Jimmy Akin: The Greek word for “repentance”—metanoia—does come from roots that can mean “change” (meta-) and “mind” (nous), but the roots of a word do not determine its meaning. The way a word is used does. Scripture makes it clear that if we wish to be saved from our sins, we need to turn from them—not just recognize them as sins.
Trent Horn: The Greek word we translate as “repentance” is metanoia (the verb “to repent” is metanoeo), and it means “to change your mind.” Metanoia’s Hebrew counterpart is tshuva, which means “to return.” For example, God told the people of Israel, “Repent and turn away from your idols; and turn away your faces from all your abominations” (Ezek. 14:6). So, when Jesus says, “Repent [metanoeite] and believe in the gospel,” he is basically saying: change your mind about sin, and return to God by believing the good news!
Paragraph 1432 The human heart is heavy and hardened. God must give man a new heart. Conversion is first of all a work of the grace of God who makes our hearts return to him: “Restore us to thyself, O LORD, that we may be restored!” God gives us the strength to begin anew. It is in discovering the greatness of God’s love that our heart is shaken by the horror and weight of sin and begins to fear offending God by sin and being separated from him. The human heart is converted by looking upon him whom our sins have pierced…
Paragraph 1427 Jesus calls to conversion. This call is an essential part of the proclamation of the kingdom…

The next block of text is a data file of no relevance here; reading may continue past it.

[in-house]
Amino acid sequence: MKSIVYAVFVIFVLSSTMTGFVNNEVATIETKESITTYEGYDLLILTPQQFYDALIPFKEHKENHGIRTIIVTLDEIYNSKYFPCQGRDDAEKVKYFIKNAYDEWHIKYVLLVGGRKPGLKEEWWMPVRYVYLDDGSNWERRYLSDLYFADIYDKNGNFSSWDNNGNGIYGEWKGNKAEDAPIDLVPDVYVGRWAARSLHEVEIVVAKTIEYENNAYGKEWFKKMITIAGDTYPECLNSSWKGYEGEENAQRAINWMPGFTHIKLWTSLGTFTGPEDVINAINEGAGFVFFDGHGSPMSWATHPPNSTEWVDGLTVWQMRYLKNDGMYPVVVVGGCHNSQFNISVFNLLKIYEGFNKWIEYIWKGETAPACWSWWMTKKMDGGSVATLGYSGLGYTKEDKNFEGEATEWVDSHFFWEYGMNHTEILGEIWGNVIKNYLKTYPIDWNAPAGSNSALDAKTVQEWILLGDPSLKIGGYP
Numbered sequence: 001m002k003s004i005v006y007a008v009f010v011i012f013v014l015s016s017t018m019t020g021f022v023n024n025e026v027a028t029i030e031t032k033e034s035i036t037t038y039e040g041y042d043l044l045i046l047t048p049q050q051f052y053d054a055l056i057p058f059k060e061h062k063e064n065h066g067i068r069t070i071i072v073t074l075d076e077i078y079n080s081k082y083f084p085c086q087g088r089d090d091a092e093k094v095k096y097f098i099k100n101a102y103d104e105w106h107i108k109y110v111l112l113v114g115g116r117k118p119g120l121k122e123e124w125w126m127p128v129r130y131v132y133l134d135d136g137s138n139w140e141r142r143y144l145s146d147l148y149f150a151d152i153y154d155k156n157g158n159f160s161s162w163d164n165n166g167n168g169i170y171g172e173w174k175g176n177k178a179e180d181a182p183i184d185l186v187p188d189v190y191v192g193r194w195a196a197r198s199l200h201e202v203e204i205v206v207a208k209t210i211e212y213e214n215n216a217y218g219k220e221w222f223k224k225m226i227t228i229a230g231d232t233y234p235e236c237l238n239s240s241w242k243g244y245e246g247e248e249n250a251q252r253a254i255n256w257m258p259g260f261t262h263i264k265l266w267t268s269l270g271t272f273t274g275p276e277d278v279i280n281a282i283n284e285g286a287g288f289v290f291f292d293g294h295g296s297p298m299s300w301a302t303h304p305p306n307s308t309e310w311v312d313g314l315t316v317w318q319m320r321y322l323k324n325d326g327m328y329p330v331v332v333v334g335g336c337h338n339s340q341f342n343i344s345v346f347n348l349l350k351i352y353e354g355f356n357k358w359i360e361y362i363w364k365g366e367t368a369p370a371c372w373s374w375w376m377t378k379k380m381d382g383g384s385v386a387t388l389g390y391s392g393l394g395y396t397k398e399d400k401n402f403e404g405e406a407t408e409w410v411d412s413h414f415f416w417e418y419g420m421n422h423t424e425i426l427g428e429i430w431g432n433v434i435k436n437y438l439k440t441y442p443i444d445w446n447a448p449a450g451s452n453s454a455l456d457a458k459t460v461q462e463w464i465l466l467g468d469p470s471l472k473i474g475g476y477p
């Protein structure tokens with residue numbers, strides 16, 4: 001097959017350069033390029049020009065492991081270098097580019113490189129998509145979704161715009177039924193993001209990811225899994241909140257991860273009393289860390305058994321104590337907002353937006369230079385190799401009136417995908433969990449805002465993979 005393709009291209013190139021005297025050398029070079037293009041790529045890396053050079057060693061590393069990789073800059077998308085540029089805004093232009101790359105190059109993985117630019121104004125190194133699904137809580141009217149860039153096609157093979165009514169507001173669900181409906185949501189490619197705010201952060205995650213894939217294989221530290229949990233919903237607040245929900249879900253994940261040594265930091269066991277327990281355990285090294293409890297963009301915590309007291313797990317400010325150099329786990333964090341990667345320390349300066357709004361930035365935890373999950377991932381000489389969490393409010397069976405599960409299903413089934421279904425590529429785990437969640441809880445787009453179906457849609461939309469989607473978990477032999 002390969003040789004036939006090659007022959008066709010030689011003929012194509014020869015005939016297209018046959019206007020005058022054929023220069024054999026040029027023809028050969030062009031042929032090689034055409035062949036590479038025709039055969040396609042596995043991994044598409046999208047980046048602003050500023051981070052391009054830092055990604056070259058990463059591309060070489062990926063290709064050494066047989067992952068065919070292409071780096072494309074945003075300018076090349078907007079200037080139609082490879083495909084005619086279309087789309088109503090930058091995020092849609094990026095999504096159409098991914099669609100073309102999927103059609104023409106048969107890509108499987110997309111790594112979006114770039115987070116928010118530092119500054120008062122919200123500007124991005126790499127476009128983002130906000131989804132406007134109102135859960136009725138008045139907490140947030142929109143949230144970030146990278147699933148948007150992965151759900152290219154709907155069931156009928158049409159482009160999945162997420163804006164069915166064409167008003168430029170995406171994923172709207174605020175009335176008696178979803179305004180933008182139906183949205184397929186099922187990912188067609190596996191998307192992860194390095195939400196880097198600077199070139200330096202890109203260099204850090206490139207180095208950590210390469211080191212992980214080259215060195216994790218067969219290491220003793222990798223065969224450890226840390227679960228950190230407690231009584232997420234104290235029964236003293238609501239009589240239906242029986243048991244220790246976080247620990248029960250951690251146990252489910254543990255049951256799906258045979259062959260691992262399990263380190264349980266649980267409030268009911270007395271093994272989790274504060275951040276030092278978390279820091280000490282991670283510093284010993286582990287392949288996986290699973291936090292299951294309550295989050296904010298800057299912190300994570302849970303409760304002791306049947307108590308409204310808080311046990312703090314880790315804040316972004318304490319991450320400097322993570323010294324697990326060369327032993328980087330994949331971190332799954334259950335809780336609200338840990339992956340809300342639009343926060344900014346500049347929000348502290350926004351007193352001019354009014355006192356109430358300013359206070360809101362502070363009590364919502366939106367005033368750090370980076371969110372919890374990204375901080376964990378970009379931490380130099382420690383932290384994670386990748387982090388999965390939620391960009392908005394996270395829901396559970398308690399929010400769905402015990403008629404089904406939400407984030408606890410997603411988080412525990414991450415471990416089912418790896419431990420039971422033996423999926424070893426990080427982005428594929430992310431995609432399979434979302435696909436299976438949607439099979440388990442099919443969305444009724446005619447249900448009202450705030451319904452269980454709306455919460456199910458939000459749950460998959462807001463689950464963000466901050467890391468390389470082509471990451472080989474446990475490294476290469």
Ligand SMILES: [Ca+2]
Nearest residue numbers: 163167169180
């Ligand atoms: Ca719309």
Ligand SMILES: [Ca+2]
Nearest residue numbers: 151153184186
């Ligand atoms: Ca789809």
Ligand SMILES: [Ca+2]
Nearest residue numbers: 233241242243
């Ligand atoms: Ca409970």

Paragraph 1429 St. Peter’s conversion after he had denied his master three times bears witness to this. Jesus’ look of infinite mercy drew tears of repentance from Peter and, after the Lord’s resurrection, a threefold affirmation of love for him.
Paragraph 1431 Interior repentance is a radical reorientation of our whole life, a return, a conversion to God with all our heart, an end of sin, a turning away from evil, with repugnance toward the evil actions we have committed. At the same time it entails the desire and resolution to change one’s life, with hope in God’s mercy and trust in the help of his grace. This conversion
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Meet Your Hosts
Michael “Gomer” Gormley
Michael has been leading evangelization and ministry efforts for the past ten years, both as a full-time parish staff member and as a speaker and consultant for parishes, dioceses, and Catholic campus ministries.
Mike is also the founder and creative director of LayEvangelist.com, and the producer and cohost of a Catholic young adult podcast Catching Foxes, which discusses the collision of Faith and Culture.
He is married to his college sweetheart, Shannon, and they have about 1,000 children and get about 3 hours of sleep a night, which is alright by him.
Dave VanVickle fell in love with the Lord at the age of fourteen and has since dedicated his life to bringing others into a radical relationship with Christ.
He is a speaker and retreat leader who focuses on proclaiming the universal call to holiness, authentic Catholic spirituality, spiritual warfare and deliverance. Additionally, Dave has over ten years of experience assisting Priests with their ministries of exorcism and deliverance.
Dave resides in Pittsburgh with his wife Amber and their five children: Sam, Max, Judah, Josie and Louisa.